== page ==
Work less and live more

Positive.News – The four-day working week is poised to become a reality for employees at some firms in Spain, after the government there agreed to launch a pilot project for companies that are interested in experimenting with the idea.

Details of the trial are still being fleshed out, including how many firms will be involved and how long the trial will last. However, the government is reportedly considering covering the costs that are incurred by participating firms (if there are any) as they switch to a shorter working week. Employee pay will be unaffected. 

“With the four-day work week (32 hours), we’re launching into the real debate of our times,” said Iñigo Errejón of the leftwing Más País party, which proposed the idea. “It’s an idea whose time has come.”

The pandemic has seen a mindset shift around work-life balance – and not just for employees. Unilever, a multinational consumer goods company, announced in November that it would experiment with a four-day working week in New Zealand. Staff there will remain on the same pay as part of the year-long trial.  

Dutch author and journalist Rutger Bregman is among those advocating a shorter working week. “For some of us, the line is blurred between work and what we love, so our lives wouldn’t change much,” he told Positive News in an earlier interview. “But for many, there is a clear distinction between what’s work and the rest of life.

“I think we need to work less in certain jobs in order to do more of what matters and what is meaningful and important to society.”Four-day week

Working more doesn’t make you more productive, studies suggest. Image: Campaign Creators

Working fewer hours doesn’t necessarily equate to a reduction in productivity. In fact, according to a 2017 trial of a six-hour working day in Sweden, the opposite is true. Despite failing to convince everyone, those behind the Swedish trial claimed that its benefits outweighed the costs.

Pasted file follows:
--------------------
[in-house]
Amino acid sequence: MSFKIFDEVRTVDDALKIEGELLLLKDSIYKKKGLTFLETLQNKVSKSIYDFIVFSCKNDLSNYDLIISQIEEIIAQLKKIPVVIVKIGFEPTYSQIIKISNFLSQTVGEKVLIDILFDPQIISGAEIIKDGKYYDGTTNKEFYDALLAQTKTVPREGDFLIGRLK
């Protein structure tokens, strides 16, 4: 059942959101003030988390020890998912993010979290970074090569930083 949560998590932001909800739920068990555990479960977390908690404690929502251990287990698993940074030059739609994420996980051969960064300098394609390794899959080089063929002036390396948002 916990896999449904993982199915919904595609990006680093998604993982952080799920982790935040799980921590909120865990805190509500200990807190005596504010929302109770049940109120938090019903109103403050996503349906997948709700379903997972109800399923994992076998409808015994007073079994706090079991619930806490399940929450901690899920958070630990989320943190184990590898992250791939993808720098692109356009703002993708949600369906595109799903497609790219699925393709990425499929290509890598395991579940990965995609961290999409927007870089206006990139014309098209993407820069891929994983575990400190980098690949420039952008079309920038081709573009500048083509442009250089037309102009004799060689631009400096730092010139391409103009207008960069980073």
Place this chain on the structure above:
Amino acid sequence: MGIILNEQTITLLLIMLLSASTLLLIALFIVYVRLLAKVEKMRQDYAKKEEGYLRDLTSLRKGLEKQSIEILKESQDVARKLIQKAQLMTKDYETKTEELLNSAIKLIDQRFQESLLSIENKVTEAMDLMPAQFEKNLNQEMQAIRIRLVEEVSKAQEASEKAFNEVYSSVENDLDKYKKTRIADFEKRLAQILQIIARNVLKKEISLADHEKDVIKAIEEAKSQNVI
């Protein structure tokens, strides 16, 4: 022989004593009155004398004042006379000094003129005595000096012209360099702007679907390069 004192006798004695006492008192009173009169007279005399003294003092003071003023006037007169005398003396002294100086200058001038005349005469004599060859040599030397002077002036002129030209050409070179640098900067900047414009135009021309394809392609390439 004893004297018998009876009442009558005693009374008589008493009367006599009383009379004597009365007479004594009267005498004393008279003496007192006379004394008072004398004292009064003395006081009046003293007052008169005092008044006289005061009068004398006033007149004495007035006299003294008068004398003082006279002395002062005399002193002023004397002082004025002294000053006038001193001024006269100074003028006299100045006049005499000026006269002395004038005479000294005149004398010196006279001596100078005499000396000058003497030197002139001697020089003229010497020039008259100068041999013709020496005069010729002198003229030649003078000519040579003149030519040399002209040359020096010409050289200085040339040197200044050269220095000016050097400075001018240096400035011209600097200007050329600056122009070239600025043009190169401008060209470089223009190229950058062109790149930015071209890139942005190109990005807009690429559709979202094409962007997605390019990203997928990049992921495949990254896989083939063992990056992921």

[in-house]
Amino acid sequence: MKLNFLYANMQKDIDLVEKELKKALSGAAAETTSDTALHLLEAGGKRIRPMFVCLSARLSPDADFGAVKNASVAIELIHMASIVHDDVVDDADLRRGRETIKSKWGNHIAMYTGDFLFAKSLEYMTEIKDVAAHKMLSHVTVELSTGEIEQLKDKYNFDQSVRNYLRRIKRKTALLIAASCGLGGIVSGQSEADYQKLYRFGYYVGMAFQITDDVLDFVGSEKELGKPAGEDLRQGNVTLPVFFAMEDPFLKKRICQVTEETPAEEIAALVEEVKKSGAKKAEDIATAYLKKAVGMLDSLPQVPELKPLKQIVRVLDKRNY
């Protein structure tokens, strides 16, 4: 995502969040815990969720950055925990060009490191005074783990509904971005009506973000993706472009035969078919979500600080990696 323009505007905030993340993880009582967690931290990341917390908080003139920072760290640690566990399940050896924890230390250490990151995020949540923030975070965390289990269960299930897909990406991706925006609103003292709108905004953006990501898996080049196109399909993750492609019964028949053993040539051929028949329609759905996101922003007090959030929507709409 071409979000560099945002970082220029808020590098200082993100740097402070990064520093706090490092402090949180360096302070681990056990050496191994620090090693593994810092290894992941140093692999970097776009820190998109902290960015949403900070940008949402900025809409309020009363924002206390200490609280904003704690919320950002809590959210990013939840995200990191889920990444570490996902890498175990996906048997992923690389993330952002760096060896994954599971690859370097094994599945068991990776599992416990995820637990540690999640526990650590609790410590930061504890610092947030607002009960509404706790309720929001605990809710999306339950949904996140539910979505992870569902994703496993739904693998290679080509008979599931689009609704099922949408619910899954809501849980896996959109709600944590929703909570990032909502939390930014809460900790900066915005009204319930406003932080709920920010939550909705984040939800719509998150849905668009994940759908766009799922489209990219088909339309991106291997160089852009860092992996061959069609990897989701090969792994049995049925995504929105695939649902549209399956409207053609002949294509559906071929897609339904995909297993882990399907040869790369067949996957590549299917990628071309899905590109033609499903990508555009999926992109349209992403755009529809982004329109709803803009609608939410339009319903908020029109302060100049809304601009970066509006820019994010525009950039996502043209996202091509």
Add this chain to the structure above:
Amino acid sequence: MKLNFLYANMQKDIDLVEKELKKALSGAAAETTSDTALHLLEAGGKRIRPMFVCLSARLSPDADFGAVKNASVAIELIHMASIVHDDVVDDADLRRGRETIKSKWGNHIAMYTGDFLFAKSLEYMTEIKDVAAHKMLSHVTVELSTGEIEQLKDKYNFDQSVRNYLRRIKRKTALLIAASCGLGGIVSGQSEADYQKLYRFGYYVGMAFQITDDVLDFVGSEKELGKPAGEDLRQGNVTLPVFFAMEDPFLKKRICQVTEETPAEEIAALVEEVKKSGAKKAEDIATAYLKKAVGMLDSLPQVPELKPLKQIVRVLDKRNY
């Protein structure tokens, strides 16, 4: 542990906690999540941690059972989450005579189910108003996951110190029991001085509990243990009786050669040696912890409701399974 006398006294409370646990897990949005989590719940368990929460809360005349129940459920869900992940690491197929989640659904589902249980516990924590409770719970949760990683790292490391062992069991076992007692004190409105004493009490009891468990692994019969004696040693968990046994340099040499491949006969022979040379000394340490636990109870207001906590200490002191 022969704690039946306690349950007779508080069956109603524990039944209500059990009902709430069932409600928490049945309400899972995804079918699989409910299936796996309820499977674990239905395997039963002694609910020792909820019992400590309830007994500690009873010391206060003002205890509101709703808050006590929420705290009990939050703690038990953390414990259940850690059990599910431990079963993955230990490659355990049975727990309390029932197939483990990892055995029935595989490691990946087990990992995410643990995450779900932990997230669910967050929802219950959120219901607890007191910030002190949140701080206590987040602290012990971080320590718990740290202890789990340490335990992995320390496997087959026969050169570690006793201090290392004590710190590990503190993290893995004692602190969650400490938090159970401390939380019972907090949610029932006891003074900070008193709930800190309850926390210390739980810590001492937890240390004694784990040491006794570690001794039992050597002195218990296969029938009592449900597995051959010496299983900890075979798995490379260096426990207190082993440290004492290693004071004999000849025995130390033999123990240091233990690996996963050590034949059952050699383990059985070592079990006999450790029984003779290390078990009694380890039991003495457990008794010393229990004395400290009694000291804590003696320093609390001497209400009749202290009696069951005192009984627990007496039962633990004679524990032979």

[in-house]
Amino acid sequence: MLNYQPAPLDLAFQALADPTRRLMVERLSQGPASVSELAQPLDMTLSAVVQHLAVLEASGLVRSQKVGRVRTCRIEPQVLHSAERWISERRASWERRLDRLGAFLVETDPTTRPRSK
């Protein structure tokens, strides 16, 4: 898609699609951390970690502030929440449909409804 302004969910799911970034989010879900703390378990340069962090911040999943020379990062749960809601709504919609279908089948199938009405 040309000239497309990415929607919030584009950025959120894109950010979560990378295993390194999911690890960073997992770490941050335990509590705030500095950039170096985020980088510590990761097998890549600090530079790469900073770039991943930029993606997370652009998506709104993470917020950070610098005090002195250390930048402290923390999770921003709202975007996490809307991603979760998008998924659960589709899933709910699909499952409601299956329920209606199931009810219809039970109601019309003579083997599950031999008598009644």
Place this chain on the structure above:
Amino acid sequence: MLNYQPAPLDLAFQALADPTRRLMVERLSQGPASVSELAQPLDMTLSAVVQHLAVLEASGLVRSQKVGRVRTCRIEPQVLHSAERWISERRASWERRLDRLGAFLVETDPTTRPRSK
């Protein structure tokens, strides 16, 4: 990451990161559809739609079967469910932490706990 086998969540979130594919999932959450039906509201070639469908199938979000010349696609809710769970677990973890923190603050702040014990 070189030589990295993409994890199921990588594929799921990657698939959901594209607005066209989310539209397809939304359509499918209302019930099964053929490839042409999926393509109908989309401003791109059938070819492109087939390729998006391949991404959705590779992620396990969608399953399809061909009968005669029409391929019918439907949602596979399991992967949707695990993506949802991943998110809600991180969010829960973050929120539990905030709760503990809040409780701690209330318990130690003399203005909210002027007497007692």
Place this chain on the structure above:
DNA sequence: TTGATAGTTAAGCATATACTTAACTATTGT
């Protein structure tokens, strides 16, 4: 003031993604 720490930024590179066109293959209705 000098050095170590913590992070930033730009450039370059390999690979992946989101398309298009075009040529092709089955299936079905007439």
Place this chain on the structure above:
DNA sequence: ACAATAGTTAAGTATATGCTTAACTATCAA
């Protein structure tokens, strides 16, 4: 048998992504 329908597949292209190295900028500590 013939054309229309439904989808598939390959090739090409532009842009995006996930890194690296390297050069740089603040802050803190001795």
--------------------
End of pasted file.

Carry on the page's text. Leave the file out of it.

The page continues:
Daniel Bernmar, a politician who helped bring about the experiment at a retirement home in Gothenburg, told Positive News that the results presented “the complete opposite narrative of the need to work more and to work harder”.

The New Economics Foundation (NEF) has long supported the concept of shorter working weeks. Here, principal fellow at the thinktank, Anna Coote, suggests 10 reasons why it could be good for society.

1. A smaller carbon footprint

Countries with shorter average hours tend to have a smaller ecological footprint. As a nation, the UK is currently consuming well beyond its share of natural resource. Moving out of the fast lane would take us away from the convenience-led consumption that is damaging our environment, and leave time for living more sustainably.

2. A stronger economy

If handled properly, a move towards a shorter working week would improve social and economic equality, easing our dependence on debt-fuelled growth – key ingredients of a robust economy. It would be competitive, too: the Netherlands and Germany have shorter work weeks than Britain and the US, yet their economies are as strong or stronger.